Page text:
Flows and practices


This research seeks to link ideas of Integrated Water Resources Management (IWRM) as constructed at the European and global levels to their translation into narratives and practices in eastern and southern Africa (Tanzania, Mozambique, South Africa and Zimbabwe).

Integrated Water Resources Management (IWRM) has emerged as a key approach in the water sector in the past decade. However, it has not produced the anticipated socio-economic, political and ecological outcomes due to the uncertainty and complexity of river basins and the plural, overlapping and competing formal and informal legal and customary systems in the African context.

The project studied various levels of interaction: key policy events and forums at the international and regional level, in-depth comparative case study of national water reform processes and detailed fieldwork in major river basins in all four countries focusing on 'hotspots'.

Project leader

Professor Lyla Mehta (Institute of Development Studies, UK and NMBU)

Partners and participants

  • Professor William Derman (NMBU)
  • Post Doc Synne Movik (formerly NMBU)
  • Dr. Alan Nicol (Institute of Development Studies)
  • Dr. Jeremy Allouche (Institute of Development Studies)
  • Dr. ir. Jan Alexander Bolding (Wageningen University)
  • Dr. Barbara van Koppen (International Water Management Institute)
  • Dr. Emmanuel Manzungu (University of Zimbabwe)
  • Professor Andrew K.P.R. Tarimo (Sokoine University of Agriculture)


Specific objectives are to examine:

  1. How intersections between experts, science and politics provided the impetus for IWRM creation and dissemination

  2. How global and European policy ideas on water management influenced the contents and policy articulation of water reform and policy processes in Africa

  3. How these were accepted, modified, translated and implemented in African contexts

  4. How IWRM interacts with local water practices and institutional arrangements in Mozambique, South Africa, Tanzania and Zimbabwe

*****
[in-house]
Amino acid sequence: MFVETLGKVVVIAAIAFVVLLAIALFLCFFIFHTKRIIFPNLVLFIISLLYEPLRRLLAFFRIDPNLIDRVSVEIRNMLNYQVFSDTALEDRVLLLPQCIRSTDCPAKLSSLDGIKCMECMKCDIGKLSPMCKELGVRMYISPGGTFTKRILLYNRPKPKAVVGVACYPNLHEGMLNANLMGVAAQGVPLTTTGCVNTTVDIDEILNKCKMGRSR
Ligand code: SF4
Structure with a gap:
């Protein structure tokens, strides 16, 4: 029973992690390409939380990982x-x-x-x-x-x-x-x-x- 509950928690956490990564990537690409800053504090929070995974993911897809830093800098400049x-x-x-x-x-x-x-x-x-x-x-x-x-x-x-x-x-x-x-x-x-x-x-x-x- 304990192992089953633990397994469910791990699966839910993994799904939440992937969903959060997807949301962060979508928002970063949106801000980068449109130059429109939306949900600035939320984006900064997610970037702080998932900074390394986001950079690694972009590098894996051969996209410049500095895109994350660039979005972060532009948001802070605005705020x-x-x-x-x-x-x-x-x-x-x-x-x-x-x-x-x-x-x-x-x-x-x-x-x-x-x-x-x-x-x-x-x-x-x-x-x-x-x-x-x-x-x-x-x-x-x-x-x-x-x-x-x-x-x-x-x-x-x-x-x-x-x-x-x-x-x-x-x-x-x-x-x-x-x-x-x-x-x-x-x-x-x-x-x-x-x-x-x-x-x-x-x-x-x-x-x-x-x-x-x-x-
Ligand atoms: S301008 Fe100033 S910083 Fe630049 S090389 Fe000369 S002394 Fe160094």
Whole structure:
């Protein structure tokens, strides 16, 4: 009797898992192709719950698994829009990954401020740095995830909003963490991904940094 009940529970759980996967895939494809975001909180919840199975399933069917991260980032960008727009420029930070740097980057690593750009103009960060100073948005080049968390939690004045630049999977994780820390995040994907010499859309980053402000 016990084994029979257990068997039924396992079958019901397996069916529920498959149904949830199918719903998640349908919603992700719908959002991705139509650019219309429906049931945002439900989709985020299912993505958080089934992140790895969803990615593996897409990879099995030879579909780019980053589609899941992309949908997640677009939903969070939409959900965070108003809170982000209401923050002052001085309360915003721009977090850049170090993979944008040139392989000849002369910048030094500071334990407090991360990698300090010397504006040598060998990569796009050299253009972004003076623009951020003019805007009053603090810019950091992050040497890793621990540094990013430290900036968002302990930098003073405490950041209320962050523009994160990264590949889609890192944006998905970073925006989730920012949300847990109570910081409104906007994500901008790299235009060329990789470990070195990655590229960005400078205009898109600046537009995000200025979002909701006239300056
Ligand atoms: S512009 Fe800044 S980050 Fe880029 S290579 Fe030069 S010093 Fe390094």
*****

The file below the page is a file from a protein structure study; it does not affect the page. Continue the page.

1. Inception phase/conceptual framework (January – December 2012): Research plan and methodological/conceptual framework; setting up research sites; recruitment of local research staff; reviewing literature and preparing policy discussion papers; developing webpage, mailing list and network contacts. 

  2. The Flow of IWRM, formulation of IWRM in donor programmes and policies and the spread to Africa (June 2012 – June 2013): Activities: Stakeholder meeting; interacting with users; attending key meetings in Europe; interviews; documentary analysis.

  3. Research on the ground in southern and eastern Africa on water reforms, water practices and social, cultural, institutional and political relations (June 2012 – June 2014 ): Fieldwork; study of policy processes; cross- country comparisons and analysis.

  4. Synthesis, analysis, writing up and final dissemination (June – December 2014): Crosscompariss on data analysis, and publications. National seminars for researchers, local users, water professionals and international policy makers; Final conference for which additional funding may have to be sought.

Project sites

  • Mozambique
  • South Africa
  • Tanzania
  • Zimbabwe


Learning from Southern Africa on Fair and Effective Integrated Water Resources Management. IDS Policy Briefing 77 (2014) Corbett, H., Mehta, L., with van Koppen, B., Movik, S. and Derman, B.

Published 9. June 2015 - 12:28 - Updated 1. December 2016 - 11:46